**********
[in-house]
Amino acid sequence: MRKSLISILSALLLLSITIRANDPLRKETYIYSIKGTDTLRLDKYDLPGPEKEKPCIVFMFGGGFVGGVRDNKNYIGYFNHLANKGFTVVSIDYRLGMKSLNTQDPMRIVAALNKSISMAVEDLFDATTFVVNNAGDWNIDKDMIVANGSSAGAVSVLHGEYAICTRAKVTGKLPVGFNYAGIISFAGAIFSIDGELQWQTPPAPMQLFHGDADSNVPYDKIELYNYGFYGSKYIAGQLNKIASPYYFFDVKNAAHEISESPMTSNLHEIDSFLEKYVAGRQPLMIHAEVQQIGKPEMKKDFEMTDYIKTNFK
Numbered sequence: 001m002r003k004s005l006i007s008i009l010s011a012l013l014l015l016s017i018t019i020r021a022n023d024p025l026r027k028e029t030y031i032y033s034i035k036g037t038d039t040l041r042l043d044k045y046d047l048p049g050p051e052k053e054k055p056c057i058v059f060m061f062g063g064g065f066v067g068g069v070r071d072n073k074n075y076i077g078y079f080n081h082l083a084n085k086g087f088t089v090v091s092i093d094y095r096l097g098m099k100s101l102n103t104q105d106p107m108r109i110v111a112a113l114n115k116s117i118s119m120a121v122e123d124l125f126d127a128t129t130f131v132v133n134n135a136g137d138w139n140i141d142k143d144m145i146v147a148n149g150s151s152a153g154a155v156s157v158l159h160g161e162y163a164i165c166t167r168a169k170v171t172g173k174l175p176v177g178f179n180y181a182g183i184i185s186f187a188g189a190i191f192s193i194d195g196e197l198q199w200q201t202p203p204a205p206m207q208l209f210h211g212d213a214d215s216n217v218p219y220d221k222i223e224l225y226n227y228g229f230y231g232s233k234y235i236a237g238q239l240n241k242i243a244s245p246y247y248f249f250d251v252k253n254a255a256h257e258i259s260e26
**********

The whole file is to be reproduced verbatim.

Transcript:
[in-house]
Amino acid sequence: MRKSLISILSALLLLSITIRANDPLRKETYIYSIKGTDTLRLDKYDLPGPEKEKPCIVFMFGGGFVGGVRDNKNYIGYFNHLANKGFTVVSIDYRLGMKSLNTQDPMRIVAALNKSISMAVEDLFDATTFVVNNAGDWNIDKDMIVANGSSAGAVSVLHGEYAICTRAKVTGKLPVGFNYAGIISFAGAIFSIDGELQWQTPPAPMQLFHGDADSNVPYDKIELYNYGFYGSKYIAGQLNKIASPYYFFDVKNAAHEISESPMTSNLHEIDSFLEKYVAGRQPLMIHAEVQQIGKPEMKKDFEMTDYIKTNFK
Numbered sequence: 001m002r003k004s005l006i007s008i009l010s011a012l013l014l015l016s017i018t019i020r021a022n023d024p025l026r027k028e029t030y031i032y033s034i035k036g037t038d039t040l041r042l043d044k045y046d047l048p049g050p051e052k053e054k055p056c057i058v059f060m061f062g063g064g065f066v067g068g069v070r071d072n073k074n075y076i077g078y079f080n081h082l083a084n085k086g087f088t089v090v091s092i093d094y095r096l097g098m099k100s101l102n103t104q105d106p107m108r109i110v111a112a113l114n115k116s117i118s119m120a121v122e123d124l125f126d127a128t129t130f131v132v133n134n135a136g137d138w139n140i141d142k143d144m145i146v147a148n149g150s151s152a153g154a155v156s157v158l159h160g161e162y163a164i165c166t167r168a169k170v171t172g173k174l175p176v177g178f179n180y181a182g183i184i185s186f187a188g189a190i191f192s193i194d195g196e197l198q199w200q201t202p203p204a205p206m207q208l209f210h211g212d213a214d215s216n217v218p219y220d221k222i223e224l225y226n227y228g229f230y231g232s233k234y235i236a237g238q239l240n241k242i243a244s245p246y247y248f249f250d251v252k253n254a255a256h257e258i259s260e26